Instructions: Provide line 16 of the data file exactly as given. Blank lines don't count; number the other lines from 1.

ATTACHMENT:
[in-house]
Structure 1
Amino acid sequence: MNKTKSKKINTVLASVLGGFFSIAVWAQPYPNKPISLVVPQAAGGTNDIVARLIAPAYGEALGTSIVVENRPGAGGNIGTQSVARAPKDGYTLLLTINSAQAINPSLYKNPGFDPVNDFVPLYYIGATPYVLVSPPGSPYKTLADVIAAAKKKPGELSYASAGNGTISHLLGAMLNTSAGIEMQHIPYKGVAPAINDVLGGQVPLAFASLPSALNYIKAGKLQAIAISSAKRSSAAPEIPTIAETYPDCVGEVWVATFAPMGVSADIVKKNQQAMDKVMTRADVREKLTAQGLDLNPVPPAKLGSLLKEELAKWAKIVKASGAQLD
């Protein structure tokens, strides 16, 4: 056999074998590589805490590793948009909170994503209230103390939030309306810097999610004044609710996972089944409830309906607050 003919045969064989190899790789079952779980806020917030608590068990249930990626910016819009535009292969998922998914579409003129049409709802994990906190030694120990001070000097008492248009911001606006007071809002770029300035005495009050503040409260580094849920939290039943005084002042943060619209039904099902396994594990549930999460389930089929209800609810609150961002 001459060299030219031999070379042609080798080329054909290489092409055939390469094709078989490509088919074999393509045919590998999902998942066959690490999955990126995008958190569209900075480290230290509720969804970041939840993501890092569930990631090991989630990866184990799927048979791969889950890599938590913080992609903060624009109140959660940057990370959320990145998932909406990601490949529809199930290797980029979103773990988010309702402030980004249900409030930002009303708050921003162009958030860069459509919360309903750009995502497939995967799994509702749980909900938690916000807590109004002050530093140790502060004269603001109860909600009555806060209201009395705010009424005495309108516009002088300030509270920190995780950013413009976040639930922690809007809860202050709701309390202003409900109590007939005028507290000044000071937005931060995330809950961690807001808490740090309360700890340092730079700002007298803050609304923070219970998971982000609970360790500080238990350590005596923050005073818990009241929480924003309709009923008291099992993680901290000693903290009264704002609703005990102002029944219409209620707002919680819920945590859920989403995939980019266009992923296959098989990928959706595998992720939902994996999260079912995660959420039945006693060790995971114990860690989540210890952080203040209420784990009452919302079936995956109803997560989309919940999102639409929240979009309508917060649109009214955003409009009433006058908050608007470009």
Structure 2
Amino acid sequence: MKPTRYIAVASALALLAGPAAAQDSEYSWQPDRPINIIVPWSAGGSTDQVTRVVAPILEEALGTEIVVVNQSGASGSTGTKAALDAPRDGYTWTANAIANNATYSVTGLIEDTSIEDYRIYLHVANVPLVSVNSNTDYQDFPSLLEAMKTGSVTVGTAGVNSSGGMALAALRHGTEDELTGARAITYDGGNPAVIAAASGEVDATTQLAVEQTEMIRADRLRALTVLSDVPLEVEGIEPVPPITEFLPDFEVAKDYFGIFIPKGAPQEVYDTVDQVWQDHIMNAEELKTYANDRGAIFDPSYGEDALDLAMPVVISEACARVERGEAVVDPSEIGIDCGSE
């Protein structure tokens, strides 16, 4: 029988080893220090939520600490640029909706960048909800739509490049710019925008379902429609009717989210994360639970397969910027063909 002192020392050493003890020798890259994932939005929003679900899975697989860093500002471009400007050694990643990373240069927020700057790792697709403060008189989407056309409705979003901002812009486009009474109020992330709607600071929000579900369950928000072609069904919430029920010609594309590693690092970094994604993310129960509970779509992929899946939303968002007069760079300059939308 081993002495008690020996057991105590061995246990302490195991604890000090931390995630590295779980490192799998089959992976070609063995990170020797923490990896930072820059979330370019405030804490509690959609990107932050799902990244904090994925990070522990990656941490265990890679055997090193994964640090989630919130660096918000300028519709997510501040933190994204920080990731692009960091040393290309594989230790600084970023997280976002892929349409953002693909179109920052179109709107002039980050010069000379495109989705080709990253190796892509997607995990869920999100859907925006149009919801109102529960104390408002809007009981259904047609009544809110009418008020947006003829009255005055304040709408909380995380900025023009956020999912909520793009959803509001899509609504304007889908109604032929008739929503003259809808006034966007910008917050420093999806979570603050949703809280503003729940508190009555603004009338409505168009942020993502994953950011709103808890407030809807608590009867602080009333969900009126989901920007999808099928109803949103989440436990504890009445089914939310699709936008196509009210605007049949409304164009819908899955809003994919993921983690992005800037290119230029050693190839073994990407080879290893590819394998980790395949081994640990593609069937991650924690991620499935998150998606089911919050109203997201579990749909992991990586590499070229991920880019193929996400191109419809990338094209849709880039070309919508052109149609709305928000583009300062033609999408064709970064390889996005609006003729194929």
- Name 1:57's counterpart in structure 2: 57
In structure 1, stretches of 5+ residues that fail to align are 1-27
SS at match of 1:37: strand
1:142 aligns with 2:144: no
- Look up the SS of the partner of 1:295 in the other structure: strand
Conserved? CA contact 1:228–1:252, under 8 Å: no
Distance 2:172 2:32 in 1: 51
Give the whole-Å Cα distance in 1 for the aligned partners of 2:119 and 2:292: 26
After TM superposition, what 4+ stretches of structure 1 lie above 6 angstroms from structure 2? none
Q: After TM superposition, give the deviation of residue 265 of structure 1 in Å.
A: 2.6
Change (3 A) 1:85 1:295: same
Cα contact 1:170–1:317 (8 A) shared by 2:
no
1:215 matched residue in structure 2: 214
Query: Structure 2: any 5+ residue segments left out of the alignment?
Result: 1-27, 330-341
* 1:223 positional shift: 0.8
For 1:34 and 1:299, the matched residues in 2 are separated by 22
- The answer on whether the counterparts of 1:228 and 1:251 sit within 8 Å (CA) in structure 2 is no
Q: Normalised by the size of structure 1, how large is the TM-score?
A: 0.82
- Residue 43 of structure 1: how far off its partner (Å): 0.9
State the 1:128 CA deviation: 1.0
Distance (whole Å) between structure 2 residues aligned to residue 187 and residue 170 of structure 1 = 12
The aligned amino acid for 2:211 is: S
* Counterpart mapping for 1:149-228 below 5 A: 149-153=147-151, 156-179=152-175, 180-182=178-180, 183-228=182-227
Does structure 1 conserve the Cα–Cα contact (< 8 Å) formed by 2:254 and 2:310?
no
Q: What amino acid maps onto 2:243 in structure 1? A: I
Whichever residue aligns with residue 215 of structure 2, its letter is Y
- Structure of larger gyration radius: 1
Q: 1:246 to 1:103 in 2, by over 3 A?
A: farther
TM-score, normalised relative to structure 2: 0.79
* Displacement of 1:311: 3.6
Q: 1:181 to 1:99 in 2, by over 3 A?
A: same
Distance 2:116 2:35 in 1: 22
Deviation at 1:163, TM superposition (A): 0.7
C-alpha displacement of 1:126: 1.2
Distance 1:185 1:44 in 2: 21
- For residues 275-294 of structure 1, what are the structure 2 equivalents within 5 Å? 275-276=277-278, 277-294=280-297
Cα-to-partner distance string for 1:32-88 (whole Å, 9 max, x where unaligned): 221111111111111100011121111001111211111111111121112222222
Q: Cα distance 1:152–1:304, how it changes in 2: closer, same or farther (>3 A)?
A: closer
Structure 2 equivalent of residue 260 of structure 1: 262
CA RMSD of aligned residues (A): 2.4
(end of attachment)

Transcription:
After TM superposition, what 4+ stretches of structure 1 lie above 6 angstroms from structure 2? none